Since 2002, working through SoundOut, I have worked with more than 10,000 K-12 students and educators in schools across the United States and Canada.
Over the last year, I have been a bit consumed by writing the Meaningful Student Involvement Handbook. Its my complete compendium of what I have learned about engaging students as partners throughout the education system.
In my reflections, I have found four themes constantly emerge from my projects. These are lessons for me that I will continue to teach people into the future.
- Unacknowledged capability: Students of all ages, identities, achievement levels, and social backgrounds are fully capable of becoming partners throughout education, but are rarely engaged in equitable partnerships that allow them to take action.
- Untapped wisdom: Students have a lot to say about the schools they are attending and the education they’re receiving, but rarely feel like adults want to hear what they say.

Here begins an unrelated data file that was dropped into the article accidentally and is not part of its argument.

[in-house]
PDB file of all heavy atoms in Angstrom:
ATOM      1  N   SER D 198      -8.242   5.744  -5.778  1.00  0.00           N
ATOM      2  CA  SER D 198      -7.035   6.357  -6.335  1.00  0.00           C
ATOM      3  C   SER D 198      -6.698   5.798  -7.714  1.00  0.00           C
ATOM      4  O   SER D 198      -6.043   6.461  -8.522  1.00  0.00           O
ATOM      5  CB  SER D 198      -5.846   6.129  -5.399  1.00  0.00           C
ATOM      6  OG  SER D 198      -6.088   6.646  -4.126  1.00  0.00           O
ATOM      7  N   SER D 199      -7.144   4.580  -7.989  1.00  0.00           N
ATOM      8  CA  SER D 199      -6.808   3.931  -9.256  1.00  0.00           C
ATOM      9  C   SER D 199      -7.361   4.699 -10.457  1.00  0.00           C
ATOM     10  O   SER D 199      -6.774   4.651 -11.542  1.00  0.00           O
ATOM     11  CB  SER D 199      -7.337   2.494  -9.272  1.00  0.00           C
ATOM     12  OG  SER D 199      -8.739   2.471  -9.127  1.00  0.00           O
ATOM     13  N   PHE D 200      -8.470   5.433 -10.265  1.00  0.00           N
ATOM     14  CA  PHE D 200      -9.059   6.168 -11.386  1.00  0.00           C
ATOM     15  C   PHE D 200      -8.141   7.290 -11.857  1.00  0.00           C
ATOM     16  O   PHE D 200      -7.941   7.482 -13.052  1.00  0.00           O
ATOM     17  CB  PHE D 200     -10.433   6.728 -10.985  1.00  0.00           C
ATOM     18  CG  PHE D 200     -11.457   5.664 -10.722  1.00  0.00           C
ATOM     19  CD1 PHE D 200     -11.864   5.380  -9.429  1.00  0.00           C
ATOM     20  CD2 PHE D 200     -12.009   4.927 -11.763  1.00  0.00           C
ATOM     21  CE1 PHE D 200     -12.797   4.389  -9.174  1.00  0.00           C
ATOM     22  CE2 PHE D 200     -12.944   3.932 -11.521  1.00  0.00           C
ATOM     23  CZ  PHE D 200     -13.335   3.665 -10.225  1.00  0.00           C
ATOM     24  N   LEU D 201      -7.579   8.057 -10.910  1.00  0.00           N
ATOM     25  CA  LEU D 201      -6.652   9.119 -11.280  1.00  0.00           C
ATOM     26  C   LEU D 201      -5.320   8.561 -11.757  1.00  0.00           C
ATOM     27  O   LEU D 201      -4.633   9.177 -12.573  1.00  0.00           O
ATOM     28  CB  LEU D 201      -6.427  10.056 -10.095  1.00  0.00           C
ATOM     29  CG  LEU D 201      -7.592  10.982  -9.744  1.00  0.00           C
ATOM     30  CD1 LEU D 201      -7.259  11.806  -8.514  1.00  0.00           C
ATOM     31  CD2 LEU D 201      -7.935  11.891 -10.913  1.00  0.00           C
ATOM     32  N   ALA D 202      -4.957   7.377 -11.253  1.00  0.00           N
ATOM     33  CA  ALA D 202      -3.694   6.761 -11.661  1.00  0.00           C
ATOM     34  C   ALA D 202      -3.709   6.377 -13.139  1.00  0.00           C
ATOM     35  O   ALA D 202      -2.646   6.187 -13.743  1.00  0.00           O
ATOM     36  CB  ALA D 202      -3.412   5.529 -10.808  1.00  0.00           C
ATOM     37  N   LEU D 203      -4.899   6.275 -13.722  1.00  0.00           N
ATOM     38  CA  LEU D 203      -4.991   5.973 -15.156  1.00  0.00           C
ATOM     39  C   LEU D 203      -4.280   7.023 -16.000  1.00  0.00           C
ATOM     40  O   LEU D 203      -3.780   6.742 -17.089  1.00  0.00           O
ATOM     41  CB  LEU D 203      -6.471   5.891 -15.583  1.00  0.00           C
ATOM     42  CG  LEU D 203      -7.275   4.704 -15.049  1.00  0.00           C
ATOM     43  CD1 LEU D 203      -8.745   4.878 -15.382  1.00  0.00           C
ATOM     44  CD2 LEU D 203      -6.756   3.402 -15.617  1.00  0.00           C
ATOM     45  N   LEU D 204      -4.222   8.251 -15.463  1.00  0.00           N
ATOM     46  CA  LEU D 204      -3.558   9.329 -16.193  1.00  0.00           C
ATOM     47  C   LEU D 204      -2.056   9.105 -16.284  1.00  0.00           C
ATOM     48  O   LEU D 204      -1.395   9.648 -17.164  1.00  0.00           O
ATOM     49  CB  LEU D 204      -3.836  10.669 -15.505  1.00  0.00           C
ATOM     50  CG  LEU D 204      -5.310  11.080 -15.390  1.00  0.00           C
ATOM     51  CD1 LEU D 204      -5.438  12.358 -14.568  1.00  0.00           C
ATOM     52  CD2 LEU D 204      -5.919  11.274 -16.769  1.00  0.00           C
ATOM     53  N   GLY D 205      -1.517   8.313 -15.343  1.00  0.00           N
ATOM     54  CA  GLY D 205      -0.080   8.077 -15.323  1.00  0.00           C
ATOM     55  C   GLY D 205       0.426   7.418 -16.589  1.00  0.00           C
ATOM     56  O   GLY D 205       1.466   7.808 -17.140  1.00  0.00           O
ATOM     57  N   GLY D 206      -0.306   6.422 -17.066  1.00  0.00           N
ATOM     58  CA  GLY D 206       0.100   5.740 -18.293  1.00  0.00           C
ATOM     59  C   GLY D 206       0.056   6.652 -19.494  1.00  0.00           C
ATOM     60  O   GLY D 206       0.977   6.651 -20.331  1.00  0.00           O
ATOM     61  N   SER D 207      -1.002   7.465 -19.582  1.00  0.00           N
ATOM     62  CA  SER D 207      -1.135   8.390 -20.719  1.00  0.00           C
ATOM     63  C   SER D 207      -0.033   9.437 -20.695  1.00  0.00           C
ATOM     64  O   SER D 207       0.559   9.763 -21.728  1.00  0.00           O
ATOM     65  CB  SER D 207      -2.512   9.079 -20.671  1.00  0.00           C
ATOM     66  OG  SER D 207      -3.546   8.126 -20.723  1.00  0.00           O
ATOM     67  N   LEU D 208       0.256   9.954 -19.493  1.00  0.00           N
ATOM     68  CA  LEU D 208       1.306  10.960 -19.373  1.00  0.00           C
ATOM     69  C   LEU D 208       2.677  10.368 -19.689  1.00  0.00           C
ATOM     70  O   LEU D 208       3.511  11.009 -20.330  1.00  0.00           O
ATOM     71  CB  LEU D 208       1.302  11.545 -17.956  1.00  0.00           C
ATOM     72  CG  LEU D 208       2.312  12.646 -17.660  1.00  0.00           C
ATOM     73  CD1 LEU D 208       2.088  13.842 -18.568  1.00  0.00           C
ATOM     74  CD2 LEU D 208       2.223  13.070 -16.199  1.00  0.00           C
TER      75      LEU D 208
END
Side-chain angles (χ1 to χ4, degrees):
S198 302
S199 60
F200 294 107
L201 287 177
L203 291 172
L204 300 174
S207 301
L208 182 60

- Undelivered invitations: Students are almost never invited to participate in school governance, educational research, learning evaluations or substantive decision-making about classroom instruction, school improvement or educational leadership.
- Unmet human resources: Adults are craving more human resources throughout schools, but rarely consider students as potential partners who could lighten the load and secure success.
I have tried hard to document dozens of cases of Meaningful Student Involvement and describe how handfuls of students are engaged in planning, researching, teaching, evaluating, making decisions, and advocating for their own learning, as well as throughout the education system as a whole. In each case, these lessons shine through. They also shown through my own projects in dozens of states and a few countries. Its a consistent pattern, yet fraught with hope.
As I assess my big ole picture of student/adult partnerships, I am left wondering about how important Meaningful Student Involvement will become to the education system. We cannot be satisfied with tokenizing students, or simplistic attempts to listen to student voice. Instead, we want to transform all of learning, teaching and leadership.
Onward we go!